Consensus or Con? The global warmists are the real deniers

February 18, 2010 06:33


This column was scoffing at global warming back when global warming was still cool. But even we have been surprised at the extent of the past three months’ “meltdown” of global warmism, to use the metaphor that everyone seems to have settled on.

As we’ve written on various occasions, we didn’t know enough about the substance of the underlying science to make a judgment about it. But we know enough about science itself to recognize that the popular rendition of global warmism–dogmatic, doctrinaire and scornful of skepticism–is not the least bit scientific. The revelations in the Climategate emails show that these attitudes were common among actual scientists, not just the popularizers of their work.

Still, we would not have gone so far as to say that global warming was just a hoax. Surely there was some actual science to back it, even if there was a lot less certainty than was claimed.

Now, though, we’re wondering if this was too charitable a view. London’s Sunday Times reports that scientists are “casting doubt” on the Intergovernmental Panel on Climate Change’s “claim that global temperatures are rising inexorably because of human pollution,” a claim the IPCC describes as “unequivocal”:

“The temperature records cannot be relied on as indicators of global change,” said John Christy, professor of atmospheric science at the University of Alabama in Huntsville, a former lead author on the IPCC.

The doubts of Christy and a number of other researchers focus on the thousands of weather stations around the world, which have been used to collect temperature data over the past 150 years.

These stations, they believe, have been seriously compromised by factors such as urbanisation, changes in land use and, in many cases, being moved from site to site.

Christy has published research papers looking at these effects in three different regions: east Africa, and the American states of California and Alabama.

“The story is the same for each one,” he said. “The popular data sets show a lot of warming but the apparent temperature rise was actually caused by local factors affecting the weather stations, such as land development.”

Meanwhile, the BBC carries an extraordinary interview with Phil Jones, director of the Climatic Research Unit at the University of East Anglia and the central Climategate figure. In the interview, Jones admits that the periods 1860-80 and 1910-40 saw global warming on a similar scale to the 1975-98 period, that there has been no significant warming since 1995, and that the so-called Medieval Warm Period calls into question whether the currently observed warming is unprecedented.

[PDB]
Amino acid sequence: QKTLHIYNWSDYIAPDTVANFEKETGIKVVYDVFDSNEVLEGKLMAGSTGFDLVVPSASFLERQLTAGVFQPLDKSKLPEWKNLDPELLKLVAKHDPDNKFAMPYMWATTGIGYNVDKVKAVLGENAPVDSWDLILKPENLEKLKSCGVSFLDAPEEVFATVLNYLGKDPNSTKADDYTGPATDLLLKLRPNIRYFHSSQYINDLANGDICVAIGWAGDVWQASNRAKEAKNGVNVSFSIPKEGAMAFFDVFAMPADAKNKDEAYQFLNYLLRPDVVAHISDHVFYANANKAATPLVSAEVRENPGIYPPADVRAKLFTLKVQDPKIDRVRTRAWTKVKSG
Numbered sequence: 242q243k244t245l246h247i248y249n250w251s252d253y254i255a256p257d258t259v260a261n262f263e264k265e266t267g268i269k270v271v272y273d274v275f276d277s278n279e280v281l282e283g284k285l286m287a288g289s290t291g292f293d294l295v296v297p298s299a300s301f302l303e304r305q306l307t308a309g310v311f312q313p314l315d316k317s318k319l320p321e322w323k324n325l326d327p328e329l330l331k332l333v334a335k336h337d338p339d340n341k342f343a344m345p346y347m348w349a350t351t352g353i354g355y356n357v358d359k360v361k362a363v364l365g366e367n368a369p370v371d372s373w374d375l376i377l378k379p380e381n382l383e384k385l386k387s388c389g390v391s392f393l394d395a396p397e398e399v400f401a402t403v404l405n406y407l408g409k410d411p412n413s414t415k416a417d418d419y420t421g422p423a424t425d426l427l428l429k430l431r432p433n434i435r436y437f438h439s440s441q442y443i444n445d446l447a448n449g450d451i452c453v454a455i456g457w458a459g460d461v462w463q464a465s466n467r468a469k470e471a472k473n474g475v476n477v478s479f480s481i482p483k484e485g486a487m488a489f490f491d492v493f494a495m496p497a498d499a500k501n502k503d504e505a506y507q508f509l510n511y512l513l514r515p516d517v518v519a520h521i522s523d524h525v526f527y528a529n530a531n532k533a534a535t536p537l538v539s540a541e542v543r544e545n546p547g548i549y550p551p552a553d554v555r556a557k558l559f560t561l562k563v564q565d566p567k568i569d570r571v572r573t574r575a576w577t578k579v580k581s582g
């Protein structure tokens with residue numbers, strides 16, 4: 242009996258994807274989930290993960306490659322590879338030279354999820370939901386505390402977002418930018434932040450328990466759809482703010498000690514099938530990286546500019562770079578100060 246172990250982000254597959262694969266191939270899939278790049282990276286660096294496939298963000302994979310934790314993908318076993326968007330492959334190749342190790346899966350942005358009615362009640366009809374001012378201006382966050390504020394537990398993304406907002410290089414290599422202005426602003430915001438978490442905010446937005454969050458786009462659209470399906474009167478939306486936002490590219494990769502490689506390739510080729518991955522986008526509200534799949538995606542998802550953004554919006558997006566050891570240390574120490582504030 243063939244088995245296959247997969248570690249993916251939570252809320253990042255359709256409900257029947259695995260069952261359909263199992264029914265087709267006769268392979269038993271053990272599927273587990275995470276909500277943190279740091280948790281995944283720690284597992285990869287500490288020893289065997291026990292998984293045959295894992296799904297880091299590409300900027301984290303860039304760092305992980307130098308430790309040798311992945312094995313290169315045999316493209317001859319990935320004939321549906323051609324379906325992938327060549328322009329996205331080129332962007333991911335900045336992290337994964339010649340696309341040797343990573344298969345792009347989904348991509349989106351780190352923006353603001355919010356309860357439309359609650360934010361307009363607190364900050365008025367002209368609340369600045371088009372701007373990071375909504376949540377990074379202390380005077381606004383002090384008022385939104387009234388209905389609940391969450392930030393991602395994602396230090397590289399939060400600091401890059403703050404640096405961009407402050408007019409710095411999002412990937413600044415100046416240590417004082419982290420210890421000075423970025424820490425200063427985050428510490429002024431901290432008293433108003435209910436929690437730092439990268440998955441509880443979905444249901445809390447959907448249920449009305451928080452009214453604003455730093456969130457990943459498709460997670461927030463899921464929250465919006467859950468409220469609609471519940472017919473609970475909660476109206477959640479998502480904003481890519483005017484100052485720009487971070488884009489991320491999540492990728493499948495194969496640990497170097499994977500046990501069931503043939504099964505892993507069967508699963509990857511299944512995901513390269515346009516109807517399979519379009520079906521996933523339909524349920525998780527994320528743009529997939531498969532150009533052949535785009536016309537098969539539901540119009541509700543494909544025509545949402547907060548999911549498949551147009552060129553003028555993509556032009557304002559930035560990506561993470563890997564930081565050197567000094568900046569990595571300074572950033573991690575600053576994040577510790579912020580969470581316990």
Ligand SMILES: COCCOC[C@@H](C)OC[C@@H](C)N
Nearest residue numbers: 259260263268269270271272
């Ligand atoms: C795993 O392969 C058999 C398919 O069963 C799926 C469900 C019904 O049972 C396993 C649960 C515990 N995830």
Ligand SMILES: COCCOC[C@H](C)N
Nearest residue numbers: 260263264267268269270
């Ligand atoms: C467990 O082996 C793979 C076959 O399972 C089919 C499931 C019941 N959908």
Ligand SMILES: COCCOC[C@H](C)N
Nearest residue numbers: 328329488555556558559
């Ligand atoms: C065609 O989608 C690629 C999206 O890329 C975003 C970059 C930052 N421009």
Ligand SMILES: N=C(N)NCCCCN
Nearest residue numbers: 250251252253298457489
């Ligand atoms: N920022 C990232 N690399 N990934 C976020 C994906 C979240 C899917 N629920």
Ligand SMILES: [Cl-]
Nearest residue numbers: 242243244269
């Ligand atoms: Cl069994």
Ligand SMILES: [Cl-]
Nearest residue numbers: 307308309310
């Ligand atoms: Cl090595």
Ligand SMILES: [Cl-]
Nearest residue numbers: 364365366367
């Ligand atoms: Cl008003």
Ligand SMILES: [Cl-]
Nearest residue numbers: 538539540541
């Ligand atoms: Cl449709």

And then there’s this exchange:

When scientists say “the debate on climate change is over,” what exactly do they mean–and what don’t they mean?

It would be supposition on my behalf to know whether all scientists who say the debate is over are saying that for the same reason. I don’t believe the vast majority of climate scientists think this. This is not my view. There is still much that needs to be undertaken to reduce uncertainties, not just for the future, but for the instrumental (and especially the palaeoclimatic) past as well.

So “the vast majority of climate scientists” don’t think the debate is over? Someone had better tell the IPCC, Al Gore, the Norwegian Nobel Committee and most of our colleagues in the media, who have long been insisting otherwise–and indeed, who continue to do so. An example is this piece from yesterday’s Washington Post:

With its 2007 report declaring that the “warming of the climate system is unequivocal,” the U.N. Intergovernmental Panel on Climate Change won a Nobel Prize–and a new degree of public trust in the controversial science of global warming.

But recent revelations about flaws in that seminal report, ranging from typos in key dates to sloppy sourcing, are undermining confidence not only in the panel’s work but also in projections about climate change. Scientists who have pointed out problems in the report say the panel’s methods and mistakes–including admitting Saturday that it had overstated how much of the Netherlands was below sea level–give doubters an opening.

It wasn’t the first one. There is still a scientific consensus that humans are causing climate change. But . . .

That sentence beginning “There is still . . .” seems a rote recitation of an editorial position, sort of like when a news story refers to “a procedure that opponents call ‘partial-birth abortion,’ ” or when Reuters puts scare quotes around “terrorism.” (Or, for that matter, like when we refer to John Kerry as “the haughty, French-looking Massachusetts Democrat who by the way served in Vietnam,” except that we are satirizing the practice.) The gist of the Post’s story is that the so-called consensus no longer exists, if it ever did. So why is the paper compelled to assert that it still does?

For an amusing example, listen to this New Yorker podcast on Climategate, featuring writers Elizabeth Kolbert and Peter J. Boyer. Boyer acknowledges that the emails raise serious questions about Climate science, but Kolbert denies it. Listen, though, to Kolbert’s tone of voice: She sounds extremely defensive, as if she feels personally threatened by questions about global-warmist doctrine.

And maybe she does. There are, no doubt, lots of true believers in global warming–not scientists, but people, including many journalists, who have embraced global warmism as a political and quasireligious doctrine based, they have been led to believe, on the authority of science.

Even Phil Jones acknowledges climate science is rife with uncertainty, but global warmism’s popularizers refuse to brook any doubt or acknowledge that the “consensus” they have touted is a sham.

And they used to call us deniers.

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